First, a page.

Half of my family is from Canada, eh. My mother grew up in Newfoundland until the age of 13 when my grandfather found work in California. The extended family that stayed behind, some later moving to Ottawa, would frequently visit us in the San Francisco Bay Area, especially during the cold, winter months.
A few years ago, when I moved down to Costa Rica full time, I realized there are a lot of Canadians visiting (102,471 in 2009*) and living the area. One of the main reason Canadians (virtually all nationalities for that matter) visit, buy land, and in some cases, relocate to Costa Rica is the weather. As one client put it, “Shoveling snow sucks.” I have only experienced it a couple of times in Lake Tahoe, California, and I’d have to agree.
Shorts, No Shoes
The Southern Pacific Zone (The Zone) is the tropics. Those living near the beach are rarely (if ever) cold here, and most people walk around in shorts 365 days out of the year. For those who “melt in the heat”, The Zone’s unique geography offers many cooler locations up in the mountains, most offering spectacular views, waterfalls, and close proximity to the beaches and/or San Isidro, one of the fastest growing cities in Central America. It rains 6 months out of the year, but even in September most mornings begin with blue skies and sunshine.
Active Adult Communities
The landscape and its wildlife are spectacular. In fact, I’ve seen it written that the Corcovado National Park on the Osa Peninsula is “home to more plant & animal species than all of North America combined.” Add in the many outdoor activities available in the area— world class sport fishing, whale watching, bird watching, hiking, golf, tennis, and surfing to name a few — and retirement in Costa Rica is actually when many expat residents really start living. In fact, I just left two clients who were headed to a waterfall, then to the Whale’s Tail in Uvita for a low-tide beach walk and snorkeling session.
Another reason Canadians love Costa Rica is the cultural adventure. It starts with the ticos. On the whole, the polite locals are family and community-focused, and even the toughest-looking hombre will break into a smile if you smile. Yes, there are a few cultural nuances to adapt to—“yes” doesn’t always mean “yes”, “tico time” means being late, strange driving habits— but ultimately these are all opportunities to take a deep breath and grow a little. The Zone has a safe, laid back feel to it… add a hammock and a good book into the mix, and it is relaxation-defined.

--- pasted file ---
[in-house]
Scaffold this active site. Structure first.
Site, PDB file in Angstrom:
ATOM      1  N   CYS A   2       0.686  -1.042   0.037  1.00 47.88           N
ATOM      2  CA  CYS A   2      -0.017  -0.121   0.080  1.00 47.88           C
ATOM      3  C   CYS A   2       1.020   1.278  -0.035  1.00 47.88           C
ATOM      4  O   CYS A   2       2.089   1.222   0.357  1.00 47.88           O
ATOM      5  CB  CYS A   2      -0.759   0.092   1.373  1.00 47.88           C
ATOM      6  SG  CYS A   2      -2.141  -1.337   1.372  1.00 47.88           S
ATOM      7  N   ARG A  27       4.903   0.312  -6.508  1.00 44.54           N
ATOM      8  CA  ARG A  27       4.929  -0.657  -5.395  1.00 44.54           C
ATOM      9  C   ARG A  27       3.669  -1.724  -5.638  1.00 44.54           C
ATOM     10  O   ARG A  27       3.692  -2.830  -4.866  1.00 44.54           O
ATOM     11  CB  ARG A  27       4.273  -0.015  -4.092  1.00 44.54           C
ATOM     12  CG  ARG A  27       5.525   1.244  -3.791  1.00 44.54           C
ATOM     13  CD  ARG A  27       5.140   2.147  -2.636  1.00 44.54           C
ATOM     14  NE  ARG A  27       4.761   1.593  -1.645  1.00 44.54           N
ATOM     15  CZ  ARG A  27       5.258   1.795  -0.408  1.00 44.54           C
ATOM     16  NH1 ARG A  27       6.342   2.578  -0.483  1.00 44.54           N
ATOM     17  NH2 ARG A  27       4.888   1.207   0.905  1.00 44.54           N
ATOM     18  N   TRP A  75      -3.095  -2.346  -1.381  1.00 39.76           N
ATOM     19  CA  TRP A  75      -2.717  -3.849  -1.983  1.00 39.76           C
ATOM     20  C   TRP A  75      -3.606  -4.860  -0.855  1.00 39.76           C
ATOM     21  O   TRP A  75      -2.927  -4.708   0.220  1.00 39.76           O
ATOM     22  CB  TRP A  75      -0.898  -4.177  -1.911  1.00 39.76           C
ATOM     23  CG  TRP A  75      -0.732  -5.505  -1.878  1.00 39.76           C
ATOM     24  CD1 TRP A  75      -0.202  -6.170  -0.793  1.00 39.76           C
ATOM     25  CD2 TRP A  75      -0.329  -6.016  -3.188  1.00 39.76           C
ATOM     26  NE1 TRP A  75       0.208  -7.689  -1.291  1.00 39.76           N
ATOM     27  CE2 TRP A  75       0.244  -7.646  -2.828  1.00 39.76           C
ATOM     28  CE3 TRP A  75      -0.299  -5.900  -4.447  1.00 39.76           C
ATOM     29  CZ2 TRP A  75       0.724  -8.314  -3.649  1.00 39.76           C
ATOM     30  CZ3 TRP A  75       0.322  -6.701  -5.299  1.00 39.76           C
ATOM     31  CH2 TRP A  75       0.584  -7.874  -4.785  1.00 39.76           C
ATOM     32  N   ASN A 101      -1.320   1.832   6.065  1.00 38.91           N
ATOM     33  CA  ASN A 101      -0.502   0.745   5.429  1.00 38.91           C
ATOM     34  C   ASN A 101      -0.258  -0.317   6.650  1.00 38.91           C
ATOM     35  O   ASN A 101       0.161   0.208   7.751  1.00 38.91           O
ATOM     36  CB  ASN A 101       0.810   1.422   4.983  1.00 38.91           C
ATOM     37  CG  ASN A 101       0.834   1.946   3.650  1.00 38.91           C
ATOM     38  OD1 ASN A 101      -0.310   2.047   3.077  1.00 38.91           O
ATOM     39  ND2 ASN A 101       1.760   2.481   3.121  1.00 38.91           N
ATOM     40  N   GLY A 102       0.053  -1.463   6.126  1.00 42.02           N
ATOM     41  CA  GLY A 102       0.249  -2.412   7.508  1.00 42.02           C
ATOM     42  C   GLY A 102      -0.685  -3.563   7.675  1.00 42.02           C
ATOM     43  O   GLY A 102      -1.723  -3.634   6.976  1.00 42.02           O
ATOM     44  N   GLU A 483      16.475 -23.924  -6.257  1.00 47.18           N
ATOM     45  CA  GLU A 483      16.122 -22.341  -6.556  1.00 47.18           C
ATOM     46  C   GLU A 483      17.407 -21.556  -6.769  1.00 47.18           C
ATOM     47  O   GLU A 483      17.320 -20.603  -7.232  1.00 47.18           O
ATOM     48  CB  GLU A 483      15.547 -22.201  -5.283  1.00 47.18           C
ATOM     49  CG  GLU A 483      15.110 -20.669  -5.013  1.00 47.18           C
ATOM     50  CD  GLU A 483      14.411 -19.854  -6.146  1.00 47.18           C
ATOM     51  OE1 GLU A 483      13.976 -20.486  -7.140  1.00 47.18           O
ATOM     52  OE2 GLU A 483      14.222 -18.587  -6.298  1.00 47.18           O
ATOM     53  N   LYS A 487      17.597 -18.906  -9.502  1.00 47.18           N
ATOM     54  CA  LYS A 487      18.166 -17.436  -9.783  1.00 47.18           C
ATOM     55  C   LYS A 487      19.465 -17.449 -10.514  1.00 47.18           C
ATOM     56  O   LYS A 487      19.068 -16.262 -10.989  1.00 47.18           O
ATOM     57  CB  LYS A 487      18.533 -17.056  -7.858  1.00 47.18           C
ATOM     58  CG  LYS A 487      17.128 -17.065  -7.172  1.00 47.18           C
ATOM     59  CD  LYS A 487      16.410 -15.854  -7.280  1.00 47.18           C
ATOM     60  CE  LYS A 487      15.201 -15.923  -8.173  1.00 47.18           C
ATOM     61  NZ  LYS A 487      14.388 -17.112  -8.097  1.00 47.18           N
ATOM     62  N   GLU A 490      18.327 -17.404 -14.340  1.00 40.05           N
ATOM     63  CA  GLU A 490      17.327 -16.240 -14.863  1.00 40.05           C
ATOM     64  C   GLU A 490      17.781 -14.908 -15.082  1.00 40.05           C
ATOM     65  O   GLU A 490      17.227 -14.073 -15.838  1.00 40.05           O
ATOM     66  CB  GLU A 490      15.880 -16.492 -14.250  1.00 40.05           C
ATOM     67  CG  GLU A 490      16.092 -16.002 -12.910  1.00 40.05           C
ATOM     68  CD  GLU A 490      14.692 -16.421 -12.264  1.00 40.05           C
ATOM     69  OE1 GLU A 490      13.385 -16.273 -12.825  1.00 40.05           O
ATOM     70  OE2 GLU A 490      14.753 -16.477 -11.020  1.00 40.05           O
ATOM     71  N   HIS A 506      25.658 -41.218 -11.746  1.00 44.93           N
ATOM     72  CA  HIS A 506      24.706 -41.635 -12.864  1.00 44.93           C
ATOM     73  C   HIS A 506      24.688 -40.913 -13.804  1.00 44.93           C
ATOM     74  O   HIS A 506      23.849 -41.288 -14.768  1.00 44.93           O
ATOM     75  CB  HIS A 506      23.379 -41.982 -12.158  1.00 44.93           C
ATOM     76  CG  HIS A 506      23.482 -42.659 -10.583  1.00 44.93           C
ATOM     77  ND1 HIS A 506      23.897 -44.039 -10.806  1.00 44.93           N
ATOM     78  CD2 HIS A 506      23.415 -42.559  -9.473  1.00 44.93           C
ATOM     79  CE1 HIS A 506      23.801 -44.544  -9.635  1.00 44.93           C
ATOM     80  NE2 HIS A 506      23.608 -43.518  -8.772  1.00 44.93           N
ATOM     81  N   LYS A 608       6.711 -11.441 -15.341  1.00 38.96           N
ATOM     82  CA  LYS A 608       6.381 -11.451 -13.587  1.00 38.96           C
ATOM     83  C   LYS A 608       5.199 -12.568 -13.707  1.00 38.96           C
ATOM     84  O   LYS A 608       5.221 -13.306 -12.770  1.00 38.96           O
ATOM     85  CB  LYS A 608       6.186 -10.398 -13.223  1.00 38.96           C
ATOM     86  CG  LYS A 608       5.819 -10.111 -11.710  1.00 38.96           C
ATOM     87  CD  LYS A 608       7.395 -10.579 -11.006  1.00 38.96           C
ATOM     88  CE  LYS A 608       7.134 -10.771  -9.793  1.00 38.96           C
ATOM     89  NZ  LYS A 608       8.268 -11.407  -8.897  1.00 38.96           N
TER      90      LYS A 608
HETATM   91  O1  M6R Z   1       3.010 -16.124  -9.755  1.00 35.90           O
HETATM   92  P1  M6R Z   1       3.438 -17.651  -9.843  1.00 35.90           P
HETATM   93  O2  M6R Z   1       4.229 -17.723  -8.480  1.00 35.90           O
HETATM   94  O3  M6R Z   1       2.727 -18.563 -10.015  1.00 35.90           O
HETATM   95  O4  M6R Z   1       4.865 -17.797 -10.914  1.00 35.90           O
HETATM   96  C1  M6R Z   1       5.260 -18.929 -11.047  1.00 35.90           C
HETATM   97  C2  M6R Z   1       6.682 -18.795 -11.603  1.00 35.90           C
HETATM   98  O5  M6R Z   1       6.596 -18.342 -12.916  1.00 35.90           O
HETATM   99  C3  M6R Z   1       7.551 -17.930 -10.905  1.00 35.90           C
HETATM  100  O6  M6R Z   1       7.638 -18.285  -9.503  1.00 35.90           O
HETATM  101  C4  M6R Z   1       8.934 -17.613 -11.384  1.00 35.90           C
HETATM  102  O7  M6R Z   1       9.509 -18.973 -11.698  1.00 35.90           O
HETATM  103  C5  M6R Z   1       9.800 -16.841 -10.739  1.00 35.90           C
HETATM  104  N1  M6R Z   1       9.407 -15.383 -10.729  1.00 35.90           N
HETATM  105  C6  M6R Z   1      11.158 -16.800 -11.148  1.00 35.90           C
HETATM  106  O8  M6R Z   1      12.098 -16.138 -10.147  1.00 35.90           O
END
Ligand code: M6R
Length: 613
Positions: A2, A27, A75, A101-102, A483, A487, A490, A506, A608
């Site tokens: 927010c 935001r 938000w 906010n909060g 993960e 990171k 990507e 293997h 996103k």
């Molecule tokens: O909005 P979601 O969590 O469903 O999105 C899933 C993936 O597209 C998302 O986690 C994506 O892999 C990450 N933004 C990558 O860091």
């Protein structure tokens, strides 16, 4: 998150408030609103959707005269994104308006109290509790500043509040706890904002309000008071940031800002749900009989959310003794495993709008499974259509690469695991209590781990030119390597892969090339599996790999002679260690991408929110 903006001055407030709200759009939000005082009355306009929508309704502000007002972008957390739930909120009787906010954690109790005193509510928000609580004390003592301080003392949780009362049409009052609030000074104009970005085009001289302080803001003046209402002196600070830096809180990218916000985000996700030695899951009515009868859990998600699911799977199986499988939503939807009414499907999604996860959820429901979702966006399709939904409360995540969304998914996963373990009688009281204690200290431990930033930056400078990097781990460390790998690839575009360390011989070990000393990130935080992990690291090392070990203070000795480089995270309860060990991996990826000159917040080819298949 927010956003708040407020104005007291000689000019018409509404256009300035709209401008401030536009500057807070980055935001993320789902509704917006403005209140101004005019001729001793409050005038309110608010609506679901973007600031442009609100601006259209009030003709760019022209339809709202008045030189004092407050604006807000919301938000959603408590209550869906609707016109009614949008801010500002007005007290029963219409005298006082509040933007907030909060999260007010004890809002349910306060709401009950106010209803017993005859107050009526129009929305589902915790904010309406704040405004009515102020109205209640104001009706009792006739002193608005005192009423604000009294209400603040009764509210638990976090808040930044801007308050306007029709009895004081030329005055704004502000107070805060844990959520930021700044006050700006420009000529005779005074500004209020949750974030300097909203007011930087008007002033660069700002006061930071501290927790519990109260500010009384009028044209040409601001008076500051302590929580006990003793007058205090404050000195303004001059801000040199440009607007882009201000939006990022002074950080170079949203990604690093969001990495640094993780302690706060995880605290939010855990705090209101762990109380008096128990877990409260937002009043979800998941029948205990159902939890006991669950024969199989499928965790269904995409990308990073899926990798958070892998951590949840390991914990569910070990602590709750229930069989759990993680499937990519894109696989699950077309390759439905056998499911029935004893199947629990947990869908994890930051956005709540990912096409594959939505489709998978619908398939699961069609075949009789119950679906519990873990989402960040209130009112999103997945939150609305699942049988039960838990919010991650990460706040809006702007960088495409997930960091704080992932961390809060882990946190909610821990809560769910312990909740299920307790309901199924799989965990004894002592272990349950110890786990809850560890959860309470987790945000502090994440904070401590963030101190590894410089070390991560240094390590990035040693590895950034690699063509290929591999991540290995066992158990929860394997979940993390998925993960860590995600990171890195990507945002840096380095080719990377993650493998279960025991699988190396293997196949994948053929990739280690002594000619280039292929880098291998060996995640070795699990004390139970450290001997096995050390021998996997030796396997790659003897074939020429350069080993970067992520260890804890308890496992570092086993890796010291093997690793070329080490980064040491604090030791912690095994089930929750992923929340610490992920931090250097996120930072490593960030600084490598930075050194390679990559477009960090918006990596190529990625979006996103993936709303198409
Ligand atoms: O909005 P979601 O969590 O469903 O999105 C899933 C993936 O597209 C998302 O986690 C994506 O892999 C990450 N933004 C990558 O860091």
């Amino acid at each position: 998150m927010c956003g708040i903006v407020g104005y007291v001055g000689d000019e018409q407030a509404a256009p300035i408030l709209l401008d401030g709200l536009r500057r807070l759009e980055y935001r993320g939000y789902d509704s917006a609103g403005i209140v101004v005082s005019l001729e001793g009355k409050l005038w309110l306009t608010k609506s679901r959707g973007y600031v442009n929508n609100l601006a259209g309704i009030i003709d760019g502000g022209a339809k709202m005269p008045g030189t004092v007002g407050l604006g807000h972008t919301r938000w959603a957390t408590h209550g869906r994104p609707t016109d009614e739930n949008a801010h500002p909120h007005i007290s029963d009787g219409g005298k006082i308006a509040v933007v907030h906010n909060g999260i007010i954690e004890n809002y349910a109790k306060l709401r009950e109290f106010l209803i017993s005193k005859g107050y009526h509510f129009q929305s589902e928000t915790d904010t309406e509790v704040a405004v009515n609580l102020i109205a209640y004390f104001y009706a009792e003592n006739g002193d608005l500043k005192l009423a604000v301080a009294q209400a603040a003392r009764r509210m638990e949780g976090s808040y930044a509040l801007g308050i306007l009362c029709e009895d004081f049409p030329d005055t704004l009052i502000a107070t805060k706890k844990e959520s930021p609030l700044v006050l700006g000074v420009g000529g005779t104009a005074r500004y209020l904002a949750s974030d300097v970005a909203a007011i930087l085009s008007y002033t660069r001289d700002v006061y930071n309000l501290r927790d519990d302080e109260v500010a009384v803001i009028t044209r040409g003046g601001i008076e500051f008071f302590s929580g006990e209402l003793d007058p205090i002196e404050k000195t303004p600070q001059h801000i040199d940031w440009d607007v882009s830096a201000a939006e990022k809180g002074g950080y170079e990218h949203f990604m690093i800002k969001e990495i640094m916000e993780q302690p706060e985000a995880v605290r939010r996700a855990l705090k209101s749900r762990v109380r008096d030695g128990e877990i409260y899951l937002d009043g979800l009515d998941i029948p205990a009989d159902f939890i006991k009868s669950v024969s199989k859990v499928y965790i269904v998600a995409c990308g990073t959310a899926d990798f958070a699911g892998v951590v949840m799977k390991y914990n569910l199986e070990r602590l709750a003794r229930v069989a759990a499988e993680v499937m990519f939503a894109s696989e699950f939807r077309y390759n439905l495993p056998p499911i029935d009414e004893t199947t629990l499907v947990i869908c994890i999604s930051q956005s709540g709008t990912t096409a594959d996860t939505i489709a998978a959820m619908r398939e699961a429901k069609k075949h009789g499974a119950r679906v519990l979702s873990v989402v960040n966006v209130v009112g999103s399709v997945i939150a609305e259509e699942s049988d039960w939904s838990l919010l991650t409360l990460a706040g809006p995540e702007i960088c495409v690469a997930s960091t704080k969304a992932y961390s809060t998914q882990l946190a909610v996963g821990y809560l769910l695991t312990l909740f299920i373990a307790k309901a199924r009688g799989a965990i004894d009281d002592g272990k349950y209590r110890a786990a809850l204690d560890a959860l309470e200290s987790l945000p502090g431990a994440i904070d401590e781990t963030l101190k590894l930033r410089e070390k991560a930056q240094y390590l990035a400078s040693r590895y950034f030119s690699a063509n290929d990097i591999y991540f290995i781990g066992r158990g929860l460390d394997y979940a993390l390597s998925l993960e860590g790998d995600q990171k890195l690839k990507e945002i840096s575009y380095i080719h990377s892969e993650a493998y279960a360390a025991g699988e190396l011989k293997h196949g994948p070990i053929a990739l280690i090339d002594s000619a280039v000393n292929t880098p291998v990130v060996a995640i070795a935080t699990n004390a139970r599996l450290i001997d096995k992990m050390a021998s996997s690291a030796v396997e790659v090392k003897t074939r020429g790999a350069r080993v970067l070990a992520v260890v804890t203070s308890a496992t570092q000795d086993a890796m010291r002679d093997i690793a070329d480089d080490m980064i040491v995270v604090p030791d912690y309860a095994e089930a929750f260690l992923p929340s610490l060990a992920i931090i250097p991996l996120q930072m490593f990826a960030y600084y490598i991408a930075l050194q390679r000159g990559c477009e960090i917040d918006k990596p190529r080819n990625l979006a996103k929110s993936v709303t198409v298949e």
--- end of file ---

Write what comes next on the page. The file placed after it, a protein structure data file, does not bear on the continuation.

A “Lot” For A Little
Foreign investors continue to visit and invest in The Zone. Add in the fact that annual property tax in Costa Rica is .25% and there is no Capital Gains Tax, and the investment picture is even more appealing. Canadian citizens who claim non-resident status and have residency in Costa Rica are not double taxed by the Canadian government on their Costa Rica income. If you’ve always wanted to make Costa Rica your home, please consult your tax attorney for more details. But, in summary, to be a non-resident Canadian you must—
- live in Canada for less than 183 days in the tax year
- not have any residential ties (e.g., cars, houses, a spouse or dependents) in Canada.
We see a lot of people visiting, buying and relocating to The Zone. There is so much room for growth here, success only requires imagination, a little research, and some good connections.
Beautiful weather, abundant wildlife, friendly people, and good investment opportunities… no wonder so many Canadians are buying real estate in the Southern Pacific Zone of Costa Rica!
3 thoughts on “Why Canadians LOVE Costa Rica!”
Greetings from Newfoundland. Great article. Wish I were there now. It’s raining here, but cold. Costa Rica is a beautiful country. I plan on visiting again before too long. Shirley
We have a little boutique hotel (http://www.loscuatrotulipanes.com) here in the historic district of Panama City and have to agree that Canadians love Panama too (both as tourists and as residents). At the Pacific beach resorts, they are the predominant demographic of foreigner. Same with expats in many mountain and beach communities. In general, you’ll find less Canadians here in the City.